Delta Air Lines Inc, the sixth-oldest operating airline by foundation date said Monday that it is buying the refinery near Philadelphia for $150 million from Phillips 66.
The world’s second-biggest airline will pay $180 million for the complex in suburban Philadelphia, according to a statement yesterday. Pennsylvania’s state government is putting up $30 million in assistance to defray the expense.
Under the deal, Atlanta-based Delta would become the first U.S. carrier to buy a refinery.
The company plans to spend a further $100 million to retrofit the plant to maximize its ability to produce jet fuel, and will enter marketing and sourcing pacts with Phillips 66 and London-based energy company BP PLC.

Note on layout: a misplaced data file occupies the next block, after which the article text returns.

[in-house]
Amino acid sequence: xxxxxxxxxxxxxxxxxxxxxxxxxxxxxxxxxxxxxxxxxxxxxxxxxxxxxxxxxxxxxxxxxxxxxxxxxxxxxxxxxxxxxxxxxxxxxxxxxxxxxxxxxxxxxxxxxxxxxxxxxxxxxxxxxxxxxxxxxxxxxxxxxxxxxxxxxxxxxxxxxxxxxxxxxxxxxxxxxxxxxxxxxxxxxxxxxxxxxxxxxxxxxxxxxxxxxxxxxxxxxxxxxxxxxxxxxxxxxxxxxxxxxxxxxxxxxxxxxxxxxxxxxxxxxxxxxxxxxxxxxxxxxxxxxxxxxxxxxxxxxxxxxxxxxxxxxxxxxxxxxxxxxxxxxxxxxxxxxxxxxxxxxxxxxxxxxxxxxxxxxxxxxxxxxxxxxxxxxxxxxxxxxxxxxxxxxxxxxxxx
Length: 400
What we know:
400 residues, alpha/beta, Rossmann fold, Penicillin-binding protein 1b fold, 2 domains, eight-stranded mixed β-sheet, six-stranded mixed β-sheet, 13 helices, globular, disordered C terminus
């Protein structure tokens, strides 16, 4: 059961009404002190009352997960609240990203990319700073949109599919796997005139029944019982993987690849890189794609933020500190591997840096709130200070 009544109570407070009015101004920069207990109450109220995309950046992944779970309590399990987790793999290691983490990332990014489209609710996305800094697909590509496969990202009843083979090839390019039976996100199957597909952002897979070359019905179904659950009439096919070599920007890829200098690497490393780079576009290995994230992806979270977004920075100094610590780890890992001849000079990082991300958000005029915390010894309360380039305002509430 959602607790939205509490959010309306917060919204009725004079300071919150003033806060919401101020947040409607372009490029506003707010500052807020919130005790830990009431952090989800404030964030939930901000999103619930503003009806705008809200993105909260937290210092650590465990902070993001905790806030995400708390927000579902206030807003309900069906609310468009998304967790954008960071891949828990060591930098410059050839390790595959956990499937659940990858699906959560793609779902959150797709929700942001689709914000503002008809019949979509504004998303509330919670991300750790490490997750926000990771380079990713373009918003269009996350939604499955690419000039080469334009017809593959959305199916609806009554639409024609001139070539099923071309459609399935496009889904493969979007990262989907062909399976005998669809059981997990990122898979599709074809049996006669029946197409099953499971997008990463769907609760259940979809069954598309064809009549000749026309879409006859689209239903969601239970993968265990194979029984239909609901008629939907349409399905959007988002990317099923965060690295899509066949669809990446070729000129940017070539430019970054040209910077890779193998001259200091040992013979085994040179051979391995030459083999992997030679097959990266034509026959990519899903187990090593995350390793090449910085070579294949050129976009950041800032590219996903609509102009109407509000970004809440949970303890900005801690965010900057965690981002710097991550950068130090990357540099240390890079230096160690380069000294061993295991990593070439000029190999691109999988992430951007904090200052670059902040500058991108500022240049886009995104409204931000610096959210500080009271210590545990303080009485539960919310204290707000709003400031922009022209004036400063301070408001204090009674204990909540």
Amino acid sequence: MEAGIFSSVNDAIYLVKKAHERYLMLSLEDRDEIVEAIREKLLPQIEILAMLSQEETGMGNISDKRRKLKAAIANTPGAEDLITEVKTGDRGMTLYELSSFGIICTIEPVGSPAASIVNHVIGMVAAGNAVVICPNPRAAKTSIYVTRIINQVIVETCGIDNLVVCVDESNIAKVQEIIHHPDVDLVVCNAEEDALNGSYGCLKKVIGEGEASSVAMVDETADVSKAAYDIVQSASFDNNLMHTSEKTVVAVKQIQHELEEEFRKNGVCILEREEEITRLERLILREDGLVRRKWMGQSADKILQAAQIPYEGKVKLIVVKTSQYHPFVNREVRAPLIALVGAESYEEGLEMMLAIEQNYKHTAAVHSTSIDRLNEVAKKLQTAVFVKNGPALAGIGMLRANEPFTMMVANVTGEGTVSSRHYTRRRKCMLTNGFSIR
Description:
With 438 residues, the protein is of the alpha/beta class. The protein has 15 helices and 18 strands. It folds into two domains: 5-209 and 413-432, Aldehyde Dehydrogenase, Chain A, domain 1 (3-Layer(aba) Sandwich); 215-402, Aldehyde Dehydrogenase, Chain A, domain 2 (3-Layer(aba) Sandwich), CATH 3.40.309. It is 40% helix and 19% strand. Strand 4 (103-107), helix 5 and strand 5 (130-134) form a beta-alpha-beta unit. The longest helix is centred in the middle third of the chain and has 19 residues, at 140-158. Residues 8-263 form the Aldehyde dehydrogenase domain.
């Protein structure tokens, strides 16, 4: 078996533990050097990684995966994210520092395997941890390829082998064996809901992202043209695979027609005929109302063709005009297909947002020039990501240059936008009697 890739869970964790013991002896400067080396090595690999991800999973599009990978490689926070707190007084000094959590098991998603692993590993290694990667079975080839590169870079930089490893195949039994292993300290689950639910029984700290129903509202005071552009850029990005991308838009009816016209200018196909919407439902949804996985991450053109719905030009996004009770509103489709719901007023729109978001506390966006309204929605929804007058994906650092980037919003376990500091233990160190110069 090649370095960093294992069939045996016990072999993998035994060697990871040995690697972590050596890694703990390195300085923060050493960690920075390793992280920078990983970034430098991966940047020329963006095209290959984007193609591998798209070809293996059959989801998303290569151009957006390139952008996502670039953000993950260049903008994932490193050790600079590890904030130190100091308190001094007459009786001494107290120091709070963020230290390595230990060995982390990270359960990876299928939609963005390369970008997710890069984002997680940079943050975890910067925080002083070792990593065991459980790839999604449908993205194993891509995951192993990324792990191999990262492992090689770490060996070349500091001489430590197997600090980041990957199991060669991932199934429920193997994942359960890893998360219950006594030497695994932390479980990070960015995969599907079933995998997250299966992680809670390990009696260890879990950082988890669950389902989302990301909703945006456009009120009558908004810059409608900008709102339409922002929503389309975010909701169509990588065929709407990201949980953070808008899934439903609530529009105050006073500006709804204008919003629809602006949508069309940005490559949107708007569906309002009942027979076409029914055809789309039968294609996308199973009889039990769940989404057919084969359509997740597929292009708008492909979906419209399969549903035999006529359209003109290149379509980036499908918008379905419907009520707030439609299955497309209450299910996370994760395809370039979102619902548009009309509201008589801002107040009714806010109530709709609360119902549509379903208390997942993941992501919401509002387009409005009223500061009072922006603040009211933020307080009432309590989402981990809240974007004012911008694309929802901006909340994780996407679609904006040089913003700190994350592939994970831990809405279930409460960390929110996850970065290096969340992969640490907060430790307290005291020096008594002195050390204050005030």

The Trainer refinery complex, located in Pennsylvania, produces more than 185,000 barrels a day. The acquisition also includes pipelines and transportation assets that reach Delta’s operations throughout the Northeast.
The deal for the idled 185 000 barrel per day Trainer, Pennsylvania, refinery, which has puzzled analysts since it first surfaced last month, will come as some relief to politicians and officials, who had feared thousands of lost jobs and a potential summer spike in fuel costs if the plant was shut permanently.
Delta CEO Richard Anderson said the deal marks “an innovative approach to managing our largest expense,” at “modest” expense.
Based on first-quarter earnings reports released in the last several weeks, Delta’s average cost of jet fuel per gallon of $3.11 was lower than that of rivals like bankrupt American Airlines parent AMR ($3.24), U.S. Airways ($3.27), United Continental Holdings ($3.34) and Southwest Airlines ($3.44).